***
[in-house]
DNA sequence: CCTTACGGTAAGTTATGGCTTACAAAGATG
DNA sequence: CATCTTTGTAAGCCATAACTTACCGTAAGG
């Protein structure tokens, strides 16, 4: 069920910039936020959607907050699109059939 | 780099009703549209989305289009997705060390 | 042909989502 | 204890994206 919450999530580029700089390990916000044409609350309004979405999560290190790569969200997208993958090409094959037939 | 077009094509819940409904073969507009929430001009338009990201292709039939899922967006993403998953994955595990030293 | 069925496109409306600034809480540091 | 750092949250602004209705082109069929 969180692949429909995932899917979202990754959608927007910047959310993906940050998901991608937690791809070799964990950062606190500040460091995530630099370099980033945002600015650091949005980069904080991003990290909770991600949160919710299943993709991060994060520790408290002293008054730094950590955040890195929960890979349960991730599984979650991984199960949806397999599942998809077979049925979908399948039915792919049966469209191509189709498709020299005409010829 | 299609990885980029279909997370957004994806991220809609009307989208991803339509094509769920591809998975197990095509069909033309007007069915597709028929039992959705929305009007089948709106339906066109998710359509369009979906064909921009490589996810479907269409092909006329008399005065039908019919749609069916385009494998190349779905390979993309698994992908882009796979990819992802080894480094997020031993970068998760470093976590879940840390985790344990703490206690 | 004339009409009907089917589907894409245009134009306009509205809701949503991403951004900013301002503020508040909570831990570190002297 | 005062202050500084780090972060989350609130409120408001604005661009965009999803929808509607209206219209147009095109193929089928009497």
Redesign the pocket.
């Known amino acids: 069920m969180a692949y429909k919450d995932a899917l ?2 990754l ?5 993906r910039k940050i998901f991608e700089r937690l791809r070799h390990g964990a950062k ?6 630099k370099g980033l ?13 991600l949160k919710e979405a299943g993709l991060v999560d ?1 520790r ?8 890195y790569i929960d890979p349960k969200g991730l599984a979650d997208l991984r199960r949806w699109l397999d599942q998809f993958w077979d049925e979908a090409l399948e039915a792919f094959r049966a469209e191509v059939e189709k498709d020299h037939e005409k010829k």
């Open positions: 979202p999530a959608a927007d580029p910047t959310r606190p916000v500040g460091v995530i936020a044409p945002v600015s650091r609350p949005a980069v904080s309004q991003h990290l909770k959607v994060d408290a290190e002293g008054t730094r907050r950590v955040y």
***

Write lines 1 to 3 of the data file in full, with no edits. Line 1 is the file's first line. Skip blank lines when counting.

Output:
[in-house]
DNA sequence: CCTTACGGTAAGTTATGGCTTACAAAGATG
DNA sequence: CATCTTTGTAAGCCATAACTTACCGTAAGG